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Evening Star, Issue 15642, 5 November 1914
The St. Kilda Band gave the first of their mid-week evening concerts at the band rotunda last night to a large crowd ou' residents, who showed marked appreciation for the various items. The band played under the baton of .Sergeant Patterson, and the programme submitted was a patriotic and popular one. concluding at 9. with tho Belgian chant and the National Anthem. These conoert* will be, cpjitimied gach W?<i»eadLay night.
Publicity is a:i essential of success in polities tho world over, Unruly and perhaps there is a Democrats, serviceable place in the scheme of things for politicians who confound mere notoriety with reputation ; but. happily, tho majority of democratic legislators in the Parliament of New Zealand do not desire to attract the unprofitable prominence appreciated and occasionally deliberately owned by Mr J. Payne, the member for Grey Lynn, who twice this session has been suspended for unruly conduct- in the House of Represenr talives. He threatens to become an habitual offender against the dignity of the General Assembly and tho authority of the Chair. On the occasion of his first suspension, which was absurdly inadequate, he associated the I'rimo Minister as tho Leader of the Government (only known to Mr Payne- as the Tory party) with " bribery and corruption." On the latest, and surely the last, occasion of offending, the member for Grey Lynn placated tbe Prime Minister among murderers. "The "people who are responsible for tine murder "of these men" (Huntly miners), he said,
"include not only the owners of the coal "mine—-i hoy include the Minister of "Labor"' (Hon. Mr Massey). The patience and good nature, of most men would collapse under a, silly charge of association with blackmailers and murderers, but the Prim© Minister, who lias a large heart and a great store of common sense, was not wounded by the foolish taunts of "The Leader of the Social Democrat patty." Mr Massey accepts Mr Payne at an exact measure of value, and therefore could afford to advocate leniency towards the member for Grey Lynn, who apparently is' unablo to appreciate the generosity of a political opponent. Now, if Mr Payne were merely a. political fool, his mid abusivenc?K and extravagant language (he invariably advises inter lectors to "shut up ") would bo unworthy of notice. But lie i.s clever, and is not without arresting originality and depth of political thought. If liis- manners and his expressivoness were adjusted to the ordinary standard of parliamentary procedure and dignity, he could be of valuable service to the " Social Democrat parly," and also io those ol his constituents who must feci that their affairs have not been adequately espoused by thoir representative in Parliament. Mr Payne's latest breach of -parliamentary decorum was so deliberate and defiant in intention that the punishment was ridiculously inadequate. The member for Grey Lynn lias proved himself not- to be the typo of politician with the. sensitiveness thai shrinks from political notoriety. He seems to enjoy it, and. doubtless would laugh in his sleeve at suspension for the remainder of the sitting. Possibly his chagrined constituents will adopt a more convincing method next month. f T The inadequacy of the punishment meted out to the member for Grey Lynn has been strikingly proved within 48 hours of Mr Payne's inexcusable offence by a similar breach on the part of Mr P. C. Webb, member for Grey, the successor (let it be noted with regret) of a politician whose gentlemanly respect for the dignity of the General Assembly was so genuine and complete that for many years lie was entrusted with upholding the authority of the Chair, and was true to the trust—the late Sir Arthur Guinness. Perhaps it it not surprising that Mr Webb, whose bouncing efforts in Parliament have been practically valueless to the real cause of Labor, has so soon adopted the abusive tactics of his irrepre.'fiible political leader. Mr Payne. Crows usually caw loudest together, and frequently aro shot in pairs. Fhe member for Grey is reported to have said during the discussion on the Appropriation Bill in the Houfc this morning that if justice were. done in to the fl'intly mining disaster the Prime Minister would b? the first called upon to stand his (rial. Mr Sneaker, who is overtolerant, of political stupidity and disorder, immediately called upon Mr Webb to withdraw the words, but the member for Grey, keen for a, notoriety that the sensible men who desire to see the claims of Labor adequately represented in Parliament must deplore and condemn, refused to play the part of a gentleman. He was suspended for the remainder of a sitting —-a- farcical punishment of an unpardonable breach, involving a dangerous exercise of impertinent cowardice. While the laxity of eontiol of the conditions that led to the deplorable disaster in Ralph's mine call for downright unqualified condemnation by all serious-minded men, it is surely the limit of ignorance to associate the Prime Minister with the slack management of that colliery. It is only in Parliament that men dare practise with impunity the vicious cowardice of which Messrs Payne and Webb have been guilty. Their deliberateness demands the most drastic censure at the disposal of their shamed constituents.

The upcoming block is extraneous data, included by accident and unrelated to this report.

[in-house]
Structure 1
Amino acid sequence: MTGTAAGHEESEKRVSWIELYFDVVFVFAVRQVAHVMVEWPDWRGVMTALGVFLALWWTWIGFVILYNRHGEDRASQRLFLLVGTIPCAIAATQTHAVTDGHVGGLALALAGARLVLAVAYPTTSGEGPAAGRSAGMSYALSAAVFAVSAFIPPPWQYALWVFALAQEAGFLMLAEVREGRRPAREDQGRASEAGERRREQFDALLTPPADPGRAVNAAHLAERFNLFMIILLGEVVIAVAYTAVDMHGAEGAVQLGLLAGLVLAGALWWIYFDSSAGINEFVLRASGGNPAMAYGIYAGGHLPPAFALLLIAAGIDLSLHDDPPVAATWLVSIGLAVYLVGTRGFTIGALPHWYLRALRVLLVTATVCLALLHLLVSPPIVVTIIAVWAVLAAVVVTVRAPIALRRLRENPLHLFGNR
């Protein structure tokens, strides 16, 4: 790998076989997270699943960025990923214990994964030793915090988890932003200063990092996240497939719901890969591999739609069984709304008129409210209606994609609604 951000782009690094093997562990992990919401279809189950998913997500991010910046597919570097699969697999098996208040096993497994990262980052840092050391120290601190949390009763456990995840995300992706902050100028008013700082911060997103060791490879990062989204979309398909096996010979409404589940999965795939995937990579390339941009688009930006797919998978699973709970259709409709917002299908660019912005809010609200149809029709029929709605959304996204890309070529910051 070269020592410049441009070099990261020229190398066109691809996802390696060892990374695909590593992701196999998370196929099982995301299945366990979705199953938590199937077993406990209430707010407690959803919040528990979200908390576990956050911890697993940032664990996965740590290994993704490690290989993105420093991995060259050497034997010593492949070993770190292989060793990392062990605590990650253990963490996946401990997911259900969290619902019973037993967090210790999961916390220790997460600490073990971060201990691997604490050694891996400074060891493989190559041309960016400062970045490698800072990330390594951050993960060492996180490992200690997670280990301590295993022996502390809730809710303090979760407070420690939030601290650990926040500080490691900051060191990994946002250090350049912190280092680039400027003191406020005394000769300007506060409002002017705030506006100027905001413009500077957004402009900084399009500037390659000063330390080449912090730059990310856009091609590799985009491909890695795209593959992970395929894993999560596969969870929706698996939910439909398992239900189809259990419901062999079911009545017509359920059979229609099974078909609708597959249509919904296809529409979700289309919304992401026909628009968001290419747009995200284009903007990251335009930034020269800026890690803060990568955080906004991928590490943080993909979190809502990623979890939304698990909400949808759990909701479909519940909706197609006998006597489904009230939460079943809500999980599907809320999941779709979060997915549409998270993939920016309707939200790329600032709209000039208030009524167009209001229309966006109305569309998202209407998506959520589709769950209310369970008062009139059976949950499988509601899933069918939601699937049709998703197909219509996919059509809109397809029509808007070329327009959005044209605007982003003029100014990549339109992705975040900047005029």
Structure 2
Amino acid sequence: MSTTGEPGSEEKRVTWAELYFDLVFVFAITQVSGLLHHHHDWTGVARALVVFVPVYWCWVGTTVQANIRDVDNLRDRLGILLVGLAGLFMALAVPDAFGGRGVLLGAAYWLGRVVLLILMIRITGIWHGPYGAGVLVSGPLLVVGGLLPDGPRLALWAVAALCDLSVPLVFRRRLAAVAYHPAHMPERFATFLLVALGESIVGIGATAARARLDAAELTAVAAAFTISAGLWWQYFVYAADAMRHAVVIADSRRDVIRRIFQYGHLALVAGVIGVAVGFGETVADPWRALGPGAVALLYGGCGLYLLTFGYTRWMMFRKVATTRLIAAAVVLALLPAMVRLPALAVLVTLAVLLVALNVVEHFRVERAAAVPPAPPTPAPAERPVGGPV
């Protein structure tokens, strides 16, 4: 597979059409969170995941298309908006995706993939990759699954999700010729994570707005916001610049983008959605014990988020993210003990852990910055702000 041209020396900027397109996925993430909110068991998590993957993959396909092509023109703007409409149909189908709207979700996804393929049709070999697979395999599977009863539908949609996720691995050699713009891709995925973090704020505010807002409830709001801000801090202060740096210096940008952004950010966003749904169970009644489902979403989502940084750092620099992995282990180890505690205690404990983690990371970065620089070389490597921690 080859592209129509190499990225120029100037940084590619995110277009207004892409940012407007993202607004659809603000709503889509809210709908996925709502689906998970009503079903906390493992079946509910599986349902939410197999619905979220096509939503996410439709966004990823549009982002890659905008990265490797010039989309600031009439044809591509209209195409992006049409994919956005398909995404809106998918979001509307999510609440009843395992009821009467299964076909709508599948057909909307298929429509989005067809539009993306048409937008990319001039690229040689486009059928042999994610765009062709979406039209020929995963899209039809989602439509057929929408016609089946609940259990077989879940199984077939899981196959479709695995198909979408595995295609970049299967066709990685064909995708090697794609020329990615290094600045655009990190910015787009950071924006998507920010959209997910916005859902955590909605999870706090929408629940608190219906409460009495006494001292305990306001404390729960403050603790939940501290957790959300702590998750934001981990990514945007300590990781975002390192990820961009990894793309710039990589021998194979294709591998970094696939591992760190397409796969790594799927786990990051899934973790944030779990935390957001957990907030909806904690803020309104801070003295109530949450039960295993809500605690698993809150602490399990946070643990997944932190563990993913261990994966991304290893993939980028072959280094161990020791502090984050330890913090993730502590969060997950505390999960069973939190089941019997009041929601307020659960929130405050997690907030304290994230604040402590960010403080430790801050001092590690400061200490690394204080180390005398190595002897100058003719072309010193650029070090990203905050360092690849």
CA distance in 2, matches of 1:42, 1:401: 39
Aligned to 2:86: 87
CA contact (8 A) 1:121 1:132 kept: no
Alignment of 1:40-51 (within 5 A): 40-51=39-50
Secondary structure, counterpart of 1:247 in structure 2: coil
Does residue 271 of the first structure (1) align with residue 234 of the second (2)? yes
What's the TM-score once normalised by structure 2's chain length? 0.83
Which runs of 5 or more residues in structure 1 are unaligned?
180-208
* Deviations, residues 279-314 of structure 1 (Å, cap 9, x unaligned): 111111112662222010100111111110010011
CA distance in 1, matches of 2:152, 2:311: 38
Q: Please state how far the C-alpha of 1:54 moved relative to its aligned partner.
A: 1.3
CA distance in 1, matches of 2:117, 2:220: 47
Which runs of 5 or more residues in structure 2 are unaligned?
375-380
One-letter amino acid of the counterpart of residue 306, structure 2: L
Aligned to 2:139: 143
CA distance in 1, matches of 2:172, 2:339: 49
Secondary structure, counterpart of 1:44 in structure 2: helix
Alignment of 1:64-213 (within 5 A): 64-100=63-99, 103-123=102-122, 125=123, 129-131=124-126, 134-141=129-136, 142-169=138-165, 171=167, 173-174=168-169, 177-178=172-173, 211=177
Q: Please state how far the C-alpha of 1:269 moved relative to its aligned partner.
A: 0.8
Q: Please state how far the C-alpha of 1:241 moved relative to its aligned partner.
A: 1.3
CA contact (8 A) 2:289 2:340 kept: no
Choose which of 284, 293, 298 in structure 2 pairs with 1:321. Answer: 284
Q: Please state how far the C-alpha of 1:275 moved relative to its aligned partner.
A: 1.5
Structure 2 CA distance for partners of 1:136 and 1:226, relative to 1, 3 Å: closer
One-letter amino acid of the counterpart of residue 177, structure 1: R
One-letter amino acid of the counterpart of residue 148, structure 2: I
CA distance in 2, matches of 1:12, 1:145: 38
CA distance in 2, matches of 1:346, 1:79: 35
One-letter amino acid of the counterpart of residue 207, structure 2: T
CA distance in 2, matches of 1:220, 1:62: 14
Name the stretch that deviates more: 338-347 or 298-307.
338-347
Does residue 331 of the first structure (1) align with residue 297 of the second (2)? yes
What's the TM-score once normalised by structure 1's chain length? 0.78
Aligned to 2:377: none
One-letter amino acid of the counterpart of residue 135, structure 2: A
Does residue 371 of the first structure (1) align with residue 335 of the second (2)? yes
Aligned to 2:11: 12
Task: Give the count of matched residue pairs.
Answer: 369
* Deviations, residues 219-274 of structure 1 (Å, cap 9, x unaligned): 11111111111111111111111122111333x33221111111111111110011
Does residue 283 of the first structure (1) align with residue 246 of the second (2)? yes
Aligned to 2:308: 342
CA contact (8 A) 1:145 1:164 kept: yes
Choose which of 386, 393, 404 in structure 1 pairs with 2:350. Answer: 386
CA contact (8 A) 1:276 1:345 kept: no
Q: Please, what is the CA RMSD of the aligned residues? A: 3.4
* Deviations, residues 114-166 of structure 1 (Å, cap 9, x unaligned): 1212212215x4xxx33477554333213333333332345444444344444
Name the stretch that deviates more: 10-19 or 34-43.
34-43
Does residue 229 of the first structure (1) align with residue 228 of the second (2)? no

Evening Star, Issue 15642, 5 November 1914
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